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Visiting Welsh Patagonia

There are so many interesting places to go and sights to see in Welsh Patagonia that planning your journey there is a complicated process: When should you go? How long should you stay for? Which are the “must sees” for this trip and which can be left for the next trip? To help you prepare, here are some guidelines:

How to get to Argentina
Argentina is well served from most countries in the World and particularly well served from Europe and the United States. Most European carriers have flights from London via their capital cities and there are many connection points in the USA. However, most fly to Buenos Aires on the eastern side of the country, which is more than 2,000 kilometres from Welsh Patagonia. From South Africa, you have the choice of flying with SAA or Malaysian Airlines (via Sao Paolo in Brazil), with direct flights scheduled to start in 2008. Until recently, getting south in Argentina meant taking an Aerolineas Argentinas internal flight, whose prices increase if you do not take the international leg of your journey with them. However, LAN Chile has a connection with Bariloche, just north of Welsh Patagonia, from its hub in Santiago and it has good internal routes in Argentina into the bargain. LAN Chile can supply a South America Airpass if you use them (or another member of the One World Alliance) for the international leg of your journey. If you are based in the UK and feel particularly adventurous, there are 6 commercial flights a month operated by the UK Ministry of Defence from RAF Brize Norton in the UK to the Malvinas/Falkland Islands via Ascension Island, with onward connections to Argentina and Chile. For most travellers, Argentina is a long way away from home and an opportunity to travel there doesn’t come along every day. So, in planning your journey, think about where you would like to stop off en route (New York and Rio de Janeiro are the most popular for visitors from Europe) and look at Round the World tickets with groups such as the Star Alliance and One World. If you’re flying eastwards into Argentina, you will never have a better opportunity to visit Easter Island and French Polynesia.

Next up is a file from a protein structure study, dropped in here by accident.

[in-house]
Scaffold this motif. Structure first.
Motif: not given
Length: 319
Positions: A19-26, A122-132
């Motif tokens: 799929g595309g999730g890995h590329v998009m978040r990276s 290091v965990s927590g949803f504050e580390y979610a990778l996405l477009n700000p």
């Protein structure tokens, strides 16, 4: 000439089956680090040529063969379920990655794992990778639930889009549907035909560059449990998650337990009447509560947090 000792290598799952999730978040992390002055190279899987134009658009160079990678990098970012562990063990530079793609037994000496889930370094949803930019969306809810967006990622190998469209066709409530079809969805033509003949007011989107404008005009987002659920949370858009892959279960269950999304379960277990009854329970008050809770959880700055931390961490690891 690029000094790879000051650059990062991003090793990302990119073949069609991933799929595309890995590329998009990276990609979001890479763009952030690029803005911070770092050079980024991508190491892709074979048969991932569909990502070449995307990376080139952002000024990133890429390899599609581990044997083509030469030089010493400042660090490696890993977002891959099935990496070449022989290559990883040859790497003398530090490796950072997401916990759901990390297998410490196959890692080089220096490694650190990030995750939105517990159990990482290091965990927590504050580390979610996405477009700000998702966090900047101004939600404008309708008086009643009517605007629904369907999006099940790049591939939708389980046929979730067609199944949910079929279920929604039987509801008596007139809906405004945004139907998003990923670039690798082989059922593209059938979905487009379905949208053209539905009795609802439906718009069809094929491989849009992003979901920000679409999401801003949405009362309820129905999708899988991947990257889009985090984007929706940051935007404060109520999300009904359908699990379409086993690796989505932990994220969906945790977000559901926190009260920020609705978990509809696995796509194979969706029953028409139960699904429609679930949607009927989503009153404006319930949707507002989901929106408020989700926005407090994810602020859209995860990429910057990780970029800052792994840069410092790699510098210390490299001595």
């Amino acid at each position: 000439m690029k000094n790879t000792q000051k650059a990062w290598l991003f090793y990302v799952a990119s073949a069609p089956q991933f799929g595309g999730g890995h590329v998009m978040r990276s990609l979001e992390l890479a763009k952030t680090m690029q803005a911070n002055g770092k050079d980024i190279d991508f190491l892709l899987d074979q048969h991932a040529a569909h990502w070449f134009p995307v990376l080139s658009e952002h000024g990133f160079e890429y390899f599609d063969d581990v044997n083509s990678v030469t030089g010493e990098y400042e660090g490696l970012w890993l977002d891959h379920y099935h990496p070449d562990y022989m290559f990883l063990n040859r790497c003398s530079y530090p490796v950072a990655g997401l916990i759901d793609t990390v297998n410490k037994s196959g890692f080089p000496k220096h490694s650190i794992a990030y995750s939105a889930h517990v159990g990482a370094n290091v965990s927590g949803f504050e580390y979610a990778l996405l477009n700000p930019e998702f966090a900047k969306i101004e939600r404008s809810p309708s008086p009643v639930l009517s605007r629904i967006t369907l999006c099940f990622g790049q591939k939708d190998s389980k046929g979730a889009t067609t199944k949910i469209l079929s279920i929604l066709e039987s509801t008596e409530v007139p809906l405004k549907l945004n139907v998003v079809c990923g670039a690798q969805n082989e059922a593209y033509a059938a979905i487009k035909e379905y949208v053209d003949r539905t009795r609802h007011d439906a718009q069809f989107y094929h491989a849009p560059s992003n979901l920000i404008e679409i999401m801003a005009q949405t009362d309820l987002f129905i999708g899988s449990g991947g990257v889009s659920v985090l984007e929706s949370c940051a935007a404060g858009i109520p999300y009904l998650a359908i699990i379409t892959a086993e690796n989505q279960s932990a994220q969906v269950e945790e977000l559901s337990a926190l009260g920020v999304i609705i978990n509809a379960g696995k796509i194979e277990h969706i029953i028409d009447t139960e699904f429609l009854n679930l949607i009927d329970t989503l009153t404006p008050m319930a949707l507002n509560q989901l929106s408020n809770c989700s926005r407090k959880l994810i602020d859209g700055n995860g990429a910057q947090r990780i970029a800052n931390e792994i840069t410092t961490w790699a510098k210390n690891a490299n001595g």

How to travel around
Once you arrive in Argentina you begin to realise what an enormous country it is. Stretching 5,000 kilometres from north to south, it is the eighth biggest country in the World and getting around is no easy matter. There are two internal airlines, Aerolineas Argentinas and LADE, and LAN Chile covers the main tourist locations. Most internal flights are routed through Buenos Aires, which means that travelling between Patagonian cities can only be accomplished by bus or rented car. There are virtually no long distance rail services. The bus network is comprehensive and buses are comfortable and efficient. You will often have options of day or night buses for long journeys. Car rental is expensive and driving in Argentina can be dangerous, especially at night. The country has one of the highest road mortality rates in the World (and it is increasing). If you plan to cross any of the many borders with Chile, you need to make special arrangements with your car rental company.

Where to go outside